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If police impound your client's car for driving on a suspended license, chances are the police won't give it back until the client pays a hefty fine and penalties.
In California, it also means the client won't get the car for 30 days. Or so it used to be, until one feisty driver sued the police for violating her Fourth Amendment rights.
The U.S. Ninth Circuit Court of Appeals said police unlawfully held onto a driver's car after she presented a valid driver's license and offered to pay the fees. The court in Brewster v. Beck said she was entitled to reclaim her property and pursue damages.
The case arose after Lamya Brewster loaned her car to her brother-in-law. He was stopped by Los Angeles police who learned that his driver's license was suspended.
The officers seized the vehicle under California Vehicle Code section 14602.6(a)(1),
which authorizes police to impound a vehicle when the driver has a suspended license. The law also says they may hold a vehicle for 30 days.
After Brewster found out what happened, she went to the police and presented her driver's license and registration. She also offered to pay the impound fees, but the police refused and kept the car for 30 days.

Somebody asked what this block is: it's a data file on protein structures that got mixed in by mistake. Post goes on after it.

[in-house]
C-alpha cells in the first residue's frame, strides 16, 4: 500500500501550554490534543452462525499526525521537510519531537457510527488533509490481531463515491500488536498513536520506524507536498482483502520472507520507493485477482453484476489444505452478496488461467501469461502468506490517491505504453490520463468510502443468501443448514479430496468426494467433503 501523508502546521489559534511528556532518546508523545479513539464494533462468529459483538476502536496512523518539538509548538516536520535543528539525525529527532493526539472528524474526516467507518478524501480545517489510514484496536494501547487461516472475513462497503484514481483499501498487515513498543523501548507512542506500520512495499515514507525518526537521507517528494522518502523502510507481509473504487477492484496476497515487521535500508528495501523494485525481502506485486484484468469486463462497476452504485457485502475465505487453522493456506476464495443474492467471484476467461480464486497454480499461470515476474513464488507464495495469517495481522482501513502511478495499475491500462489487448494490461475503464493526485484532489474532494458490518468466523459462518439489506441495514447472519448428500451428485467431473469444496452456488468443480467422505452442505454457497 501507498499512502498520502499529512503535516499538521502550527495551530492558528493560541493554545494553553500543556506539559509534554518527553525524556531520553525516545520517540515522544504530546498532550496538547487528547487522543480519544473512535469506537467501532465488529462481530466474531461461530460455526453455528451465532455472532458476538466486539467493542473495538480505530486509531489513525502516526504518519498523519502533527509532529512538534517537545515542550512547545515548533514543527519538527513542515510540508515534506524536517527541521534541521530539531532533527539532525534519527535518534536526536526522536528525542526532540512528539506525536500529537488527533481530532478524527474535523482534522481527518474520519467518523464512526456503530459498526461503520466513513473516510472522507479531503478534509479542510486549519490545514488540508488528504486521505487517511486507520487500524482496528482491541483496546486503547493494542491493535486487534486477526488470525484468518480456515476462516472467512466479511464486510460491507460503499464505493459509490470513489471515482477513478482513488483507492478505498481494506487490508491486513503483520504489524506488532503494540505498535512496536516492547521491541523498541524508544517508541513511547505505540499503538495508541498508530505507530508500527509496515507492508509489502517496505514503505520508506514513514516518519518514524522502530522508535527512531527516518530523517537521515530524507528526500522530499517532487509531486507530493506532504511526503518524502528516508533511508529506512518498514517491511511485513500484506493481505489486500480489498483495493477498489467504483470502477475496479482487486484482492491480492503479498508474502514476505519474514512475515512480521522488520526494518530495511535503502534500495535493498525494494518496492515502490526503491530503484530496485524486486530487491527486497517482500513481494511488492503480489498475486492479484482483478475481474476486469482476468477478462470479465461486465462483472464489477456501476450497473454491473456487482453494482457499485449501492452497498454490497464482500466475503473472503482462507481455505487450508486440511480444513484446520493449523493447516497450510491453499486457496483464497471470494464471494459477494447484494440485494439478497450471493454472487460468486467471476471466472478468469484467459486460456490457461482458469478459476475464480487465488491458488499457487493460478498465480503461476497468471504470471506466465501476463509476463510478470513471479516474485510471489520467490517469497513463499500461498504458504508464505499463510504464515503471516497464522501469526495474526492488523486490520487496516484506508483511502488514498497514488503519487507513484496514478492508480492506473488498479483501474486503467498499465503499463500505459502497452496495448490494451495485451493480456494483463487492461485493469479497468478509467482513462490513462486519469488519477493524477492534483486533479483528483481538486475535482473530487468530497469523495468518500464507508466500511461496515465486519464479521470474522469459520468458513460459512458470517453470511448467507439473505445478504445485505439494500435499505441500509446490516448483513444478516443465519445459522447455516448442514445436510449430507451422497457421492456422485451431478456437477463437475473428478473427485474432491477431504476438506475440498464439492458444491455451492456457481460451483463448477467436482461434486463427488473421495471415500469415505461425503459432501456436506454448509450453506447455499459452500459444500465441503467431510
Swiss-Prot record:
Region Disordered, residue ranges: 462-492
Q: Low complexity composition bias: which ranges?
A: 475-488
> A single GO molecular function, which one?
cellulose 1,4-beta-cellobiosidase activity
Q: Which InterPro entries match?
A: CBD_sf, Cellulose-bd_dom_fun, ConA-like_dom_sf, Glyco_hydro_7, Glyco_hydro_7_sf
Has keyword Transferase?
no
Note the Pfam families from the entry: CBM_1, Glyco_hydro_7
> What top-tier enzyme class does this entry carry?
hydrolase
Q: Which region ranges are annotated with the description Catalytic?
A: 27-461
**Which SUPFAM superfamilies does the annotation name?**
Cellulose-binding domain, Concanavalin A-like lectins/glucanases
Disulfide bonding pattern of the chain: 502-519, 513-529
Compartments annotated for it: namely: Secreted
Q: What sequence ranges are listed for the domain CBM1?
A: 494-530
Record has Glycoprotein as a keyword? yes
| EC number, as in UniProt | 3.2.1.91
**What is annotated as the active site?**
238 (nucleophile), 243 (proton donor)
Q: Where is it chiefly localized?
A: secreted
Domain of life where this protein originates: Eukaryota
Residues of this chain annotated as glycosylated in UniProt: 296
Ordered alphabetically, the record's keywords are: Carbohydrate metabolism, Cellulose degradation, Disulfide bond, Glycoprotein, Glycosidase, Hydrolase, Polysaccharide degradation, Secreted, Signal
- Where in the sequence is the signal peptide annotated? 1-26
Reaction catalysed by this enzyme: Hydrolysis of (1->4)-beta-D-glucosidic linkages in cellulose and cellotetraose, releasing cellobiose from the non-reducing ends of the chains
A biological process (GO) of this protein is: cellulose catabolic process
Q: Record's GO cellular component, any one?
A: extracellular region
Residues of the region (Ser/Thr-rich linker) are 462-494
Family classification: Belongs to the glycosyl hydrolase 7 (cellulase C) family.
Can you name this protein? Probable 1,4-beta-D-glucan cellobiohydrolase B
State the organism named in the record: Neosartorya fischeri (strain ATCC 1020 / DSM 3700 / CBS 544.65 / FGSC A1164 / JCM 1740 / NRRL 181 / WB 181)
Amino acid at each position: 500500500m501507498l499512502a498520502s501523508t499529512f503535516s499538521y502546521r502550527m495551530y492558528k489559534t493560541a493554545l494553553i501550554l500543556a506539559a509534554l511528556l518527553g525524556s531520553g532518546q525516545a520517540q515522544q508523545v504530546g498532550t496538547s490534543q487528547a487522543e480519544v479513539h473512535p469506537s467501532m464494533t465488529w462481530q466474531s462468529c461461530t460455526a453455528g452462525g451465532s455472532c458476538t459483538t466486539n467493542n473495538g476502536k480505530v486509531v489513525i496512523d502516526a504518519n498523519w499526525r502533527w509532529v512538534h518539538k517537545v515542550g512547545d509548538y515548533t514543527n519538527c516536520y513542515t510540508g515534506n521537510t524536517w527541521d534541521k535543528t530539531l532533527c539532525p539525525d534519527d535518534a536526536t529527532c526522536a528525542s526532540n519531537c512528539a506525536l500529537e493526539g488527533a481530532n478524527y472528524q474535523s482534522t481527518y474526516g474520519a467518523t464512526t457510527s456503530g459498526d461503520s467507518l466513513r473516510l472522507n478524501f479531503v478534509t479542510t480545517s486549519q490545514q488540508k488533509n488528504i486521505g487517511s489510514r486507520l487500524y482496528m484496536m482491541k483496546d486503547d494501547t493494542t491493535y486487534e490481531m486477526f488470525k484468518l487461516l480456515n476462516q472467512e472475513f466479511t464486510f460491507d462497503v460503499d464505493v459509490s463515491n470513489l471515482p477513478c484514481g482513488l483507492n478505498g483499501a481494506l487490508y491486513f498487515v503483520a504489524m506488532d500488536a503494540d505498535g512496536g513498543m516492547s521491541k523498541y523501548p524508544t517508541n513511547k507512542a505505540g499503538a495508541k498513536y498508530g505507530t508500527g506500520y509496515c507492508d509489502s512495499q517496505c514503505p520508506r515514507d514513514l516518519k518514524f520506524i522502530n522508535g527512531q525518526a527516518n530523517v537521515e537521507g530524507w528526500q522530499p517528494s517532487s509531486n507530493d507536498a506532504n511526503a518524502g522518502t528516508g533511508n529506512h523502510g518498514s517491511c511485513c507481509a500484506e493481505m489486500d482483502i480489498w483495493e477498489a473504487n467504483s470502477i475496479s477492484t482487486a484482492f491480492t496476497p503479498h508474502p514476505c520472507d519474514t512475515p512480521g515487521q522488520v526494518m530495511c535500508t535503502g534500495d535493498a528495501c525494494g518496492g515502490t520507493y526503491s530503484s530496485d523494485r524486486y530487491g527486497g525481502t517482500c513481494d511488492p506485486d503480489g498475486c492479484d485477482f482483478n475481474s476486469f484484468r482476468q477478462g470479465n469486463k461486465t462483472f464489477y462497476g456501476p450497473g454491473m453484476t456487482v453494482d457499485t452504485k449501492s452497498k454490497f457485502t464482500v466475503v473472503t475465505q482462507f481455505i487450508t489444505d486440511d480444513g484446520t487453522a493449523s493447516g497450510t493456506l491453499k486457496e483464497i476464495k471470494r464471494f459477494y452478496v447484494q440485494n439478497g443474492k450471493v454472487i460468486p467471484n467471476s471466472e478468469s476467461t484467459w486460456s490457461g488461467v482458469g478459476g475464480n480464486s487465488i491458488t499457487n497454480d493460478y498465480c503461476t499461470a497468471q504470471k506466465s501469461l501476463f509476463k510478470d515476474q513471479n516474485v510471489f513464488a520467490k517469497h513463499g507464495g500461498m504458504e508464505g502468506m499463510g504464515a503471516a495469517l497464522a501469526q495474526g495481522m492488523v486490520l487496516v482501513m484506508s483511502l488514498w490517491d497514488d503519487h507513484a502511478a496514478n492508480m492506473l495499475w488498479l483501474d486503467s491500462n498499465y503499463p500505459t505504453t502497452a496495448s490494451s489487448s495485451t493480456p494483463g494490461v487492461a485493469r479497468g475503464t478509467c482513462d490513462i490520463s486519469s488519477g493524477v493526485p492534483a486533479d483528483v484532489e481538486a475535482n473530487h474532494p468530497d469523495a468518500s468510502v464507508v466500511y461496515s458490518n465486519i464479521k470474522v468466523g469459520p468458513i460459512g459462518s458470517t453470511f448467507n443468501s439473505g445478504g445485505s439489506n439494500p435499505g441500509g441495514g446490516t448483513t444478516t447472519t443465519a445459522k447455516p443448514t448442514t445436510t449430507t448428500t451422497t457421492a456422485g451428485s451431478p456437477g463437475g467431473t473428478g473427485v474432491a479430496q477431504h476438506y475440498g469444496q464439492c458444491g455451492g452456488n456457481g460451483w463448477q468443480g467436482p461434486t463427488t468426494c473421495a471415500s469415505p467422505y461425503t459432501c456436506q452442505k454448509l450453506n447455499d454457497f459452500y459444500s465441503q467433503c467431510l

Brewster filed a class action lawsuit, alleging the 30-day impound law was a warrantless seizure. The trial judge dismissed, saying it was a valid administrative penalty.
The appeals court disagreed. Judge Alex Kozinski, writing for the unanimous panel, said the police may have lawfully seized the car, but it was no longer a lawful seizure once the driver presented her driver's license and offered to pay the fines.
"The Fourth Amendment doesn't become irrelevant once an initial seizure has run its course," the court said. "A seizure is justified under the Fourth Amendment only to the extent that the government's justification holds force. Thereafter, the government must cease the seizure or secure a new justification."
Reversing the trial court, the appeals court said the Fourth Amendment "is implicated by a delay in returning the property, whether the property was seized for a criminal investigation, to protect the public, or to punish the individual."
In California, the ruling should be good news for criminal defense lawyers and clients whose vehicles are seized. For police impounds, not so much.
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